Judge delays hearing on permit for Dakota Access pipeline
FARGO, N.D. (AP) — A federal judge on Tuesday agreed to push back a hearing about whether the Dakota Access oil pipeline should be allowed to continue operating without a key permit while the U.S. Army Corps of Engineers conducts an environmental review on the project.
The Corps filed a motion Monday to postpone the Wednesday hearing in order to allow Biden administration officials more time to familiarize themselves with the case, including the 2016 lawsuit filed by the Standing Rock Sioux Reservation in an attempt to stop construction. The pipeline began operating in 2017 after Donald Trump took office.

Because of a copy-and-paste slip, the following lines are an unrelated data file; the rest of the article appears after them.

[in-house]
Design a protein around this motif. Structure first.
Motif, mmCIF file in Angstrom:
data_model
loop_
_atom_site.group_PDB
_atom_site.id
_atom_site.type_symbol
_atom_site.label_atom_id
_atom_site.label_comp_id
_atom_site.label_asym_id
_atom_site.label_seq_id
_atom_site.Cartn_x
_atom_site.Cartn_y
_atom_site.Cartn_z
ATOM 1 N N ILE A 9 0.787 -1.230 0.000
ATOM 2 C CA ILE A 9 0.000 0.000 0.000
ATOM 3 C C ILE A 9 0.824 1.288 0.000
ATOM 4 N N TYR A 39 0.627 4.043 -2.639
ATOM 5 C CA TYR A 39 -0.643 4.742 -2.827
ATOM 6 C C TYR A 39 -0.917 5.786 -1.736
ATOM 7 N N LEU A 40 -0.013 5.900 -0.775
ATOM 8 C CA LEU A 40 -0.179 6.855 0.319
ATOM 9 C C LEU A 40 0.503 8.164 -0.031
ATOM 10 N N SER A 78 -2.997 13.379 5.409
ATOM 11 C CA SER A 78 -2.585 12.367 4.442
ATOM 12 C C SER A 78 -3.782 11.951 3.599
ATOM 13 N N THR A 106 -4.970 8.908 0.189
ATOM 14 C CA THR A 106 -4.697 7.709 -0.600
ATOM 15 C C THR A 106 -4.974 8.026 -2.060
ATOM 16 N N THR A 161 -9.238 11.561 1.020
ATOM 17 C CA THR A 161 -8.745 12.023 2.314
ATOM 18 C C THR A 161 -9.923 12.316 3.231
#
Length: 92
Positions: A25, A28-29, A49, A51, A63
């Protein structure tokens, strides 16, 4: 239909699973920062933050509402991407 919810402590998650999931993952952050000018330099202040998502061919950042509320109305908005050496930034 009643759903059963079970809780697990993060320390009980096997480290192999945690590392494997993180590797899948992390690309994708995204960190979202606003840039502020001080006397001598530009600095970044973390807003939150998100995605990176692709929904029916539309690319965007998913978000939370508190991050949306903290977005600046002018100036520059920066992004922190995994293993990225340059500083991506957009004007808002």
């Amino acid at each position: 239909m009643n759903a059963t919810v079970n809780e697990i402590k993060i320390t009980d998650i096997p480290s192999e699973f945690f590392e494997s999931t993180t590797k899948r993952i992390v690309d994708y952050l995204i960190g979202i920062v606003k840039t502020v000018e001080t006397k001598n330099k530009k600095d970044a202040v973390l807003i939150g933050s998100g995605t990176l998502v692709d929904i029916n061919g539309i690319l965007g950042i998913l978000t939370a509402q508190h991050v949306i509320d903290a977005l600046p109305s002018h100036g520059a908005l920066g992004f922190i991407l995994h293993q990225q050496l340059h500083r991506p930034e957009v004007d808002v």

U.S. District Judge James Boasberg reset the hearing for April 9. Neither the tribes nor Texas-based Energy Transfer, which owns the pipeline, objected to the delay.
Boasberg said he wants the Corps to explain how it “expects to proceed” without a federal permit granting easement for the $3.8 billion pipeline to cross beneath Lake Oahe, a reservoir along the Missouri River that is maintained by the Corps.
Boasberg in April 2020 ordered further environmental study after determining the Corps had not adequately considered how an oil spill under the Missouri River might affect Standing Rock’s fishing and hunting rights, or whether it might disproportionately affect the tribal community.